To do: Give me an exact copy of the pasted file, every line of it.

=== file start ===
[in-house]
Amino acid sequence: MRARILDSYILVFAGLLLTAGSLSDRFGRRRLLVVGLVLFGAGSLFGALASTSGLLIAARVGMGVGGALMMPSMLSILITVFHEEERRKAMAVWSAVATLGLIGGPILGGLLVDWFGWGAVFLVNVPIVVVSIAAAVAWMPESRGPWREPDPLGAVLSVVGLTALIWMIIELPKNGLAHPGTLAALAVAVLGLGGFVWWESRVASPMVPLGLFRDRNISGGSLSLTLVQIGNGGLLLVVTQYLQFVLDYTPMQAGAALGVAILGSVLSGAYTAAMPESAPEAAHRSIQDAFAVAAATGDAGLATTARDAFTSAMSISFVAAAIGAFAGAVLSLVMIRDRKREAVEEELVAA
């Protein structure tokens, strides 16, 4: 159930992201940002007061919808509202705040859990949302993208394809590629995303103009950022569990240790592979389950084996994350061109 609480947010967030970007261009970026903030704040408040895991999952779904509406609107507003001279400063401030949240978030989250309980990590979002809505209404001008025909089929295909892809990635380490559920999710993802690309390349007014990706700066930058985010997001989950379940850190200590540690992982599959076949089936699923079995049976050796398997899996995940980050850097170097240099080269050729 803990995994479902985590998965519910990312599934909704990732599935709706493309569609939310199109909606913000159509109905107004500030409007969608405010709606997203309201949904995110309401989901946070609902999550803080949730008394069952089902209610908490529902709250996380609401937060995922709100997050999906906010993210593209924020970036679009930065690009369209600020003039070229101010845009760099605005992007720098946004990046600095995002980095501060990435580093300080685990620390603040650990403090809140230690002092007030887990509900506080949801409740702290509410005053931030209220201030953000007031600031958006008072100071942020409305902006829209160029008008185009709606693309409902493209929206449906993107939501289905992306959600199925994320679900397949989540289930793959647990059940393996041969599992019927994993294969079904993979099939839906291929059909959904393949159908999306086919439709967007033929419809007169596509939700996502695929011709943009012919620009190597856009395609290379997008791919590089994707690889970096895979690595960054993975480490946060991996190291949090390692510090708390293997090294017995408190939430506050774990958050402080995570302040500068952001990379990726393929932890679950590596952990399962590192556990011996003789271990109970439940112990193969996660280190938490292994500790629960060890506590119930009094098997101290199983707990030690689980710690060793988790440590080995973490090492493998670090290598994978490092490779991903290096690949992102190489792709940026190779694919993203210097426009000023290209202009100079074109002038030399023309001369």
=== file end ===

[in-house]
Amino acid sequence: MRARILDSYILVFAGLLLTAGSLSDRFGRRRLLVVGLVLFGAGSLFGALASTSGLLIAARVGMGVGGALMMPSMLSILITVFHEEERRKAMAVWSAVATLGLIGGPILGGLLVDWFGWGAVFLVNVPIVVVSIAAAVAWMPESRGPWREPDPLGAVLSVVGLTALIWMIIELPKNGLAHPGTLAALAVAVLGLGGFVWWESRVASPMVPLGLFRDRNISGGSLSLTLVQIGNGGLLLVVTQYLQFVLDYTPMQAGAALGVAILGSVLSGAYTAAMPESAPEAAHRSIQDAFAVAAATGDAGLATTARDAFTSAMSISFVAAAIGAFAGAVLSLVMIRDRKREAVEEELVAA
């Protein structure tokens, strides 16, 4: 159930992201940002007061919808509202705040859990949302993208394809590629995303103009950022569990240790592979389950084996994350061109 609480947010967030970007261009970026903030704040408040895991999952779904509406609107507003001279400063401030949240978030989250309980990590979002809505209404001008025909089929295909892809990635380490559920999710993802690309390349007014990706700066930058985010997001989950379940850190200590540690992982599959076949089936699923079995049976050796398997899996995940980050850097170097240099080269050729 803990995994479902985590998965519910990312599934909704990732599935709706493309569609939310199109909606913000159509109905107004500030409007969608405010709606997203309201949904995110309401989901946070609902999550803080949730008394069952089902209610908490529902709250996380609401937060995922709100997050999906906010993210593209924020970036679009930065690009369209600020003039070229101010845009760099605005992007720098946004990046600095995002980095501060990435580093300080685990620390603040650990403090809140230690002092007030887990509900506080949801409740702290509410005053931030209220201030953000007031600031958006008072100071942020409305902006829209160029008008185009709606693309409902493209929206449906993107939501289905992306959600199925994320679900397949989540289930793959647990059940393996041969599992019927994993294969079904993979099939839906291929059909959904393949159908999306086919439709967007033929419809007169596509939700996502695929011709943009012919620009190597856009395609290379997008791919590089994707690889970096895979690595960054993975480490946060991996190291949090390692510090708390293997090294017995408190939430506050774990958050402080995570302040500068952001990379990726393929932890679950590596952990399962590192556990011996003789271990109970439940112990193969996660280190938490292994500790629960060890506590119930009094098997101290199983707990030690689980710690060793988790440590080995973490090492493998670090290598994978490092490779991903290096690949992102190489792709940026190779694919993203210097426009000023290209202009100079074109002038030399023309001369």